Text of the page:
Field Guide

Wildflowers, Grasses and Other Nonwoody Plants

Showing 1 - 10 of 406 results
Media
Arrow-leaved violet plant blooming on a prairie in springtime
Species Types
Scientific Name
Viola sagittata
Description
Arrow-leaved violet, or arrowhead violet, is a native Missouri perennial spring wildflower that grows in prairies, glades, and woodland openings. It has distinctive arrowhead-shaped leaves.
Media
Plains violet, or wayside violet, Viola viarum, plants in bloom
Species Types
Scientific Name
Viola viarum
Description
The leaf blades of plains, or wayside violet are highly variable, and the plant produces differently shaped leaves as the season progresses. It’s quite similar to cleft violet, but the leaves are smooth and hairless.
Media
Cobaea beardtongue blooming at Painted Rock Conservation Area
Species Types
Scientific Name
Penstemon cobaea
Description
Cobaea beardtongue, or purple beardtongue, is probably Missouri’s showiest species of penstemon. Native to Missouri's southern Ozarks, it is grown statewide for its beauty, and because pollinators like it. It may be purple or white.
Media
Virginia sneezeweed flowers in bloom
Species Types
Scientific Name
Helenium virginicum
Description
Virginia sneezeweed is the rarest of Missouri’s four sneezeweeds. A state endangered and federally threatened species, it occurs in about 60 sites in our southern Ozark counties, primarily in boggy, sinkhole pond habitats.
Media
Photo of showy partridge pea showing flowers, buds, and leaves.
Species Types
Scientific Name
Chamaecrista fasciculata (formerly Cassia fasciculata)
Description
The interesting, bright yellow flowers of showy partridge pea are immediately recognizable. At night, the leaflets close and pull upward into a sleeping position.
Media
Photo of American ginseng plant with ripe berries
Species Types
Scientific Name
Panax quinquefolius
Description
Wild and cultivated ginseng produce an annual crop in the United States and Canada valued in excess of $25 million, but overzealous collection is causing serious concern about the survival of American ginseng in the forest ecosystem.
Media
Common violet, closeup of flower
Species Types
Scientific Name
Viola sororia
Description
The common violet can be violet, white, or white with violet mottling or spots. One of 17 species or violets in Missouri, it occurs statewide in a variety of habitats. Note its heart-shaped or rounded, scalloped leaves, and (usually) the presence of hairs on stems and/or foliage.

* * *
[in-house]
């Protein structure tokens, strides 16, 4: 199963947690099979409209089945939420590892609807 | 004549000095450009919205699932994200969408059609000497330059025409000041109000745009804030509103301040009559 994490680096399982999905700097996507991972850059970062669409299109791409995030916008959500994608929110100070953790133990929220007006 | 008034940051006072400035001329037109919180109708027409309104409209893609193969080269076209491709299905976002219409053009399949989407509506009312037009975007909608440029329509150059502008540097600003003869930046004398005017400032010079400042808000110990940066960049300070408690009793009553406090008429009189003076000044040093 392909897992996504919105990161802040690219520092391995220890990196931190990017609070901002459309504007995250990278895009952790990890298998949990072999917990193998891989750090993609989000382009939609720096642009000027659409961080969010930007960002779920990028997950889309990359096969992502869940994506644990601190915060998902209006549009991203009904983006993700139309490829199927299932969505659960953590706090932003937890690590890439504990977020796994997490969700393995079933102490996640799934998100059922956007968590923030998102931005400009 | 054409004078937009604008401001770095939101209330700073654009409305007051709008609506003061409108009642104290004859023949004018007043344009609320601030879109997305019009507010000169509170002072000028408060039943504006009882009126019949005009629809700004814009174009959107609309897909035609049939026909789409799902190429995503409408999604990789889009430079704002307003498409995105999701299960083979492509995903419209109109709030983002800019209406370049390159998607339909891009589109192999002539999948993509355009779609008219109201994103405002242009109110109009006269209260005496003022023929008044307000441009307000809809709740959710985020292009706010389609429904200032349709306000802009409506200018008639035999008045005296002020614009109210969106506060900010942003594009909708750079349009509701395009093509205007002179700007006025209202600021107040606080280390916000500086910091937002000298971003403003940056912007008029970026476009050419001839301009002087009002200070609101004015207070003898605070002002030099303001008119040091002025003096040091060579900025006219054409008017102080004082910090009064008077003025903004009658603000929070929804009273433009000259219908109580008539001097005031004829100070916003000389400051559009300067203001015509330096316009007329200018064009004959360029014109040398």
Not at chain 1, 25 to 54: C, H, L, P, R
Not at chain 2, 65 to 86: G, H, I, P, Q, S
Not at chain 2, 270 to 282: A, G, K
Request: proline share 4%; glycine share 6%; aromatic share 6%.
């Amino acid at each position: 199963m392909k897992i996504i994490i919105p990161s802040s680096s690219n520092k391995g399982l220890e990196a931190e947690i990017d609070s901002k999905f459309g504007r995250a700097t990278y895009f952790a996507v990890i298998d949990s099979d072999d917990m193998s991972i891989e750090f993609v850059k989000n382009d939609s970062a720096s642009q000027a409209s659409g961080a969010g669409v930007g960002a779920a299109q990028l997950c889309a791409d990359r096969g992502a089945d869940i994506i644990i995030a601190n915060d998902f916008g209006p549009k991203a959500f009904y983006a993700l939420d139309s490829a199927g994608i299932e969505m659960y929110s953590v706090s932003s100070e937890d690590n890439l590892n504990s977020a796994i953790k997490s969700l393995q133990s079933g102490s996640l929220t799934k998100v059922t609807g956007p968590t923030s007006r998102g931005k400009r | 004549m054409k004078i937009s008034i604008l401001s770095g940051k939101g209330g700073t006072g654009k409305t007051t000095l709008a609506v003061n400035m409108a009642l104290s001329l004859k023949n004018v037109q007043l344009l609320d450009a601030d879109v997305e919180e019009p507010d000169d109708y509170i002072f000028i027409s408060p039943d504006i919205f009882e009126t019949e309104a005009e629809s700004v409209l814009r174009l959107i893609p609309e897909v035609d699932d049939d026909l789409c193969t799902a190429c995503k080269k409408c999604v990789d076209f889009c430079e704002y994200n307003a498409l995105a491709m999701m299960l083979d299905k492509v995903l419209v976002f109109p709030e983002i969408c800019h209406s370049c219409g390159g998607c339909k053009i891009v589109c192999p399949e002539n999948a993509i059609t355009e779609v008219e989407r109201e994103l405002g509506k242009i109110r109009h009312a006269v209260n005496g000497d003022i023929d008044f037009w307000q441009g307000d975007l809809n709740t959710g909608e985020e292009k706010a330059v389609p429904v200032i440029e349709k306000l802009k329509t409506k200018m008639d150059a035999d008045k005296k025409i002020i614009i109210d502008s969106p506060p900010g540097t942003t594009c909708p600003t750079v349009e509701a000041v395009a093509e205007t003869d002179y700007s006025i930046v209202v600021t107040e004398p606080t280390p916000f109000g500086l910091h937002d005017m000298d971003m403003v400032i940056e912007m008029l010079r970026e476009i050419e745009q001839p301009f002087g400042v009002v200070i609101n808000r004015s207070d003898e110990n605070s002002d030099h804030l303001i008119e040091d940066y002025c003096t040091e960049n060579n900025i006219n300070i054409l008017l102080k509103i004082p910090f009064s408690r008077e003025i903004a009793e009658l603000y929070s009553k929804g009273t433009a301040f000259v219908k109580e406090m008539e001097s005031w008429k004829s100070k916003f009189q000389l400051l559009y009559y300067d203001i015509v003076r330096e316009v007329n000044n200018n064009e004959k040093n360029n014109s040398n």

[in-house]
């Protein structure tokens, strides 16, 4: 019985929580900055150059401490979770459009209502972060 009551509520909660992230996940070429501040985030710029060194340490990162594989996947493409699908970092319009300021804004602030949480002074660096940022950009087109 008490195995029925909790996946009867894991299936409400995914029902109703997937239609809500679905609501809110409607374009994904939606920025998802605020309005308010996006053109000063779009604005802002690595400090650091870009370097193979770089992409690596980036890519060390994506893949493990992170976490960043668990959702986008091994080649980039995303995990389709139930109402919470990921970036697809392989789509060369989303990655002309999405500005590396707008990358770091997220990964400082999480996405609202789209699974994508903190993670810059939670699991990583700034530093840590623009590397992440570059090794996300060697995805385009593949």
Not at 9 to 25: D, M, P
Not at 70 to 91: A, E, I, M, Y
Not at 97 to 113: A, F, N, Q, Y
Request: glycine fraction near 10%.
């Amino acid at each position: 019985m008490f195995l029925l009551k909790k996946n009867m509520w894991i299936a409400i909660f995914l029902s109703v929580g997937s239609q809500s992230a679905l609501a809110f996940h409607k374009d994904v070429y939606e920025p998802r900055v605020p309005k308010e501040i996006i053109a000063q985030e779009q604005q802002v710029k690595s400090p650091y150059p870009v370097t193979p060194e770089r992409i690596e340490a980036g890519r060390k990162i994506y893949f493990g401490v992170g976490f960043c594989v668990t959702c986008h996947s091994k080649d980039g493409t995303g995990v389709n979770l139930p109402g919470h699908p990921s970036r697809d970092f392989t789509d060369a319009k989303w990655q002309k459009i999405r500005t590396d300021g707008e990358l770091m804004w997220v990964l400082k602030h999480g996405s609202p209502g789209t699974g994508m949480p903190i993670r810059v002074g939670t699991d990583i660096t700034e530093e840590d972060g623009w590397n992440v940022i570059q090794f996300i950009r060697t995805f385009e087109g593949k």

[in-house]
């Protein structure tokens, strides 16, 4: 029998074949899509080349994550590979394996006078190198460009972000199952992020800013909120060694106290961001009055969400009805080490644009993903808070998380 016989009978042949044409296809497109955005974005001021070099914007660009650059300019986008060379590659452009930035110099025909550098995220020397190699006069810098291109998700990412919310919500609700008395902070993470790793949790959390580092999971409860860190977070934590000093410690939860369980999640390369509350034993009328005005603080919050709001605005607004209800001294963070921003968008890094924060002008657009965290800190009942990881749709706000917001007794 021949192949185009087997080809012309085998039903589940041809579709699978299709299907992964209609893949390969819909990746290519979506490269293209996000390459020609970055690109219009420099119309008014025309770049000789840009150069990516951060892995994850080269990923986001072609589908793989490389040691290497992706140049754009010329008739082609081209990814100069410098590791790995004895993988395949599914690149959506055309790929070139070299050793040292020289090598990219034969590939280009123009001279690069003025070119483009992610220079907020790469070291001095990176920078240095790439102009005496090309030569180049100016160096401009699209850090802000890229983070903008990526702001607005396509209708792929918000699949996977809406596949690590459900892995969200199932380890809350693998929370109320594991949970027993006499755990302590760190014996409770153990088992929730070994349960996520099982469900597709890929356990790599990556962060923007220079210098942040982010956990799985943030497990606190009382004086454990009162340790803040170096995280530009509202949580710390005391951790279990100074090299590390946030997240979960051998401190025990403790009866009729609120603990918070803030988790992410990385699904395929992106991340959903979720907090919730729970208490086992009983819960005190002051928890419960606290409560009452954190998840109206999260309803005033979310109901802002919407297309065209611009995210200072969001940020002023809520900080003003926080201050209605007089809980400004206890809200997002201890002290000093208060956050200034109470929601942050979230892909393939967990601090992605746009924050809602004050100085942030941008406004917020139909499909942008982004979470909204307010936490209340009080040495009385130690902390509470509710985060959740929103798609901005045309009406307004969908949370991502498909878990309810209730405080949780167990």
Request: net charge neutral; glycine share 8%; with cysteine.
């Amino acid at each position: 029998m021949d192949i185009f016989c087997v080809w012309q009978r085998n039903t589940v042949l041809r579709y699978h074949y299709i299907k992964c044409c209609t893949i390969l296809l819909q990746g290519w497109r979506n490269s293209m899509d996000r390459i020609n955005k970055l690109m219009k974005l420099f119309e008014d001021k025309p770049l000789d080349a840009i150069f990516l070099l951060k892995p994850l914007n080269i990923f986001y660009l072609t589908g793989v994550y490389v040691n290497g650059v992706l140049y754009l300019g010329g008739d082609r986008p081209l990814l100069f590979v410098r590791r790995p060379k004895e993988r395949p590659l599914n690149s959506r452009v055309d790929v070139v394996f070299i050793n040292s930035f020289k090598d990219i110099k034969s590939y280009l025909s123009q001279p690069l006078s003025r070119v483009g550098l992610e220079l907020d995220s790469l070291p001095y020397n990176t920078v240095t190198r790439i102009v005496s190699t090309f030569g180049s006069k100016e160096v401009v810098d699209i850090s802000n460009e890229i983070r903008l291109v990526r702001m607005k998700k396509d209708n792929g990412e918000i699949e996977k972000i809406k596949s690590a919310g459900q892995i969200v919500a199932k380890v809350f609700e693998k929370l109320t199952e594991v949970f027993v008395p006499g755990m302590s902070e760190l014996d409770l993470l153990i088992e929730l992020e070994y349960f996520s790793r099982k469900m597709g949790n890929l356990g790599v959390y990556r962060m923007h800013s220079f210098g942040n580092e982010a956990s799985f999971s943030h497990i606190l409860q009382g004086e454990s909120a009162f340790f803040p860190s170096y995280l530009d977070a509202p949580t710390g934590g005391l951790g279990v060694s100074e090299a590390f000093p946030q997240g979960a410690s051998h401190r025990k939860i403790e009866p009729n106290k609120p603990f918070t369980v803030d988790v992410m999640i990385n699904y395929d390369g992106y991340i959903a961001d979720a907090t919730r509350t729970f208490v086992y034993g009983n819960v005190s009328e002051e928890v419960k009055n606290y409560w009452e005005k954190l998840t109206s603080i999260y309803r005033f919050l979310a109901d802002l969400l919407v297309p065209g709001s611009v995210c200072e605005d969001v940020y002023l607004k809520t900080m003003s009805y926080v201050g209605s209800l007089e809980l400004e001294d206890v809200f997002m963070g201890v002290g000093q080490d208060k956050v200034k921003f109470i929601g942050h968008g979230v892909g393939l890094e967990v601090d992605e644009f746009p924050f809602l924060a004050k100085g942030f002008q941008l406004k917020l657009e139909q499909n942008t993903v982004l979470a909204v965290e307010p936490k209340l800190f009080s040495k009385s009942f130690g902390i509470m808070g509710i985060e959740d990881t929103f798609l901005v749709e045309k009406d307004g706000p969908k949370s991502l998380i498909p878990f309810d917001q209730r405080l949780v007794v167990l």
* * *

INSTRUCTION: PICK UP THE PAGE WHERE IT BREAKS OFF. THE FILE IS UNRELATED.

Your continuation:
Media
Bird's-Foot Violet
Species Types
Scientific Name
Viola pedata
Description
In springtime, bird's-foot violet can make a glade or bluff top heavenly with its pretty lavender and purple "faces." When you see your first big colony of bird's-foot violets, you will probably never forget it.
Media
Photo of yellow violet plant with flower
Species Types
Scientific Name
Viola pubescens (formerly V. pensylvanica)
Description
The yellow violet is Missouri's only all-yellow violet. This native wildflower is less common than violet violets. Look for it in low woods, rich slopes, and wooded floodplains.
Media
Photo of blue-eyed Mary flowers
Species Types
Scientific Name
Collinsia verna
Description
The flowers of blue-eyed Mary are only about a half inch wide, but this pretty wildflower makes up for it by usually appearing in abundance, covering a patch of forest floor with little sky-blue and white “faces.”
See Also

About Wildflowers, Grasses and Other Nonwoody Plants in Missouri

A very simple way of thinking about the green world is to divide the vascular plants into two groups: woody and nonwoody (or herbaceous). But this is an artificial division; many plant families include some species that are woody and some that are not. The diversity of nonwoody vascular plants is staggering! Think of all the ferns, grasses, sedges, lilies, peas, sunflowers, nightshades, milkweeds, mustards, mints, and mallows — weeds and wildflowers — and many more!